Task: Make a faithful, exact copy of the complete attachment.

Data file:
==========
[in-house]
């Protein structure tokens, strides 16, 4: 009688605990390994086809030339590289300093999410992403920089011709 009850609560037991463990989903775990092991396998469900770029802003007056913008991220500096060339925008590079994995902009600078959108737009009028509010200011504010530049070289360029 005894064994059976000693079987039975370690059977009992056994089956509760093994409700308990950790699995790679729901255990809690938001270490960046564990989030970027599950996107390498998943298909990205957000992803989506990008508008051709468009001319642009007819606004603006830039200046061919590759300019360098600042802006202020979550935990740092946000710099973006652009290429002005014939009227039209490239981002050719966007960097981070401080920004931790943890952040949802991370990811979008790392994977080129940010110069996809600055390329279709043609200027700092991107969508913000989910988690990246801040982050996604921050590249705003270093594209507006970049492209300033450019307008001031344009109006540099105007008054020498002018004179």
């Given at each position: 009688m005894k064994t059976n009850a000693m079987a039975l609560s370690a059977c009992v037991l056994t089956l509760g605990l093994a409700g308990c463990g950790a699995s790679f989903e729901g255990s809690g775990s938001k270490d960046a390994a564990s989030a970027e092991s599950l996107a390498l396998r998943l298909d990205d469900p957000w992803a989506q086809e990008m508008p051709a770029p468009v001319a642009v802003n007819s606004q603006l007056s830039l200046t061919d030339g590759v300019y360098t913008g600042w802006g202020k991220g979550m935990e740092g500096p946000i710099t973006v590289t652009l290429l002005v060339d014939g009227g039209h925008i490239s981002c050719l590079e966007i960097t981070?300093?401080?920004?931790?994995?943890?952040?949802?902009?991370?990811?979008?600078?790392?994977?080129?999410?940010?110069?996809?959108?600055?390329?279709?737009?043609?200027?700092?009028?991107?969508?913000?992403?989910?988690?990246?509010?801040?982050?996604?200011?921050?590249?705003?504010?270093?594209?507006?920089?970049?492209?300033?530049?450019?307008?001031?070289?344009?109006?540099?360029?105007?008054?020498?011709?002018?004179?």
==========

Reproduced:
[in-house]
């Protein structure tokens, strides 16, 4: 009688605990390994086809030339590289300093999410992403920089011709 009850609560037991463990989903775990092991396998469900770029802003007056913008991220500096060339925008590079994995902009600078959108737009009028509010200011504010530049070289360029 005894064994059976000693079987039975370690059977009992056994089956509760093994409700308990950790699995790679729901255990809690938001270490960046564990989030970027599950996107390498998943298909990205957000992803989506990008508008051709468009001319642009007819606004603006830039200046061919590759300019360098600042802006202020979550935990740092946000710099973006652009290429002005014939009227039209490239981002050719966007960097981070401080920004931790943890952040949802991370990811979008790392994977080129940010110069996809600055390329279709043609200027700092991107969508913000989910988690990246801040982050996604921050590249705003270093594209507006970049492209300033450019307008001031344009109006540099105007008054020498002018004179």
């Given at each position: 009688m005894k064994t059976n009850a000693m079987a039975l609560s370690a059977c009992v037991l056994t089956l509760g605990l093994a409700g308990c463990g950790a699995s790679f989903e729901g255990s809690g775990s938001k270490d960046a390994a564990s989030a970027e092991s599950l996107a390498l396998r998943l298909d990205d469900p957000w992803a989506q086809e990008m508008p051709a770029p468009v001319a642009v802003n007819s606004q603006l007056s830039l200046t061919d030339g590759v300019y360098t913008g600042w802006g202020k991220g979550m935990e740092g500096p946000i710099t973006v590289t652009l290429l002005v060339d014939g009227g039209h925008i490239s981002c050719l590079e966007i960097t981070?300093?401080?920004?931790?994995?943890?952040?949802?902009?991370?990811?979008?600078?790392?994977?080129?999410?940010?110069?996809?959108?600055?390329?279709?737009?043609?200027?700092?009028?991107?969508?913000?992403?989910?988690?990246?509010?801040?982050?996604?200011?921050?590249?705003?504010?270093?594209?507006?920089?970049?492209?300033?530049?450019?307008?001031?070289?344009?109006?540099?360029?105007?008054?020498?011709?002018?004179?």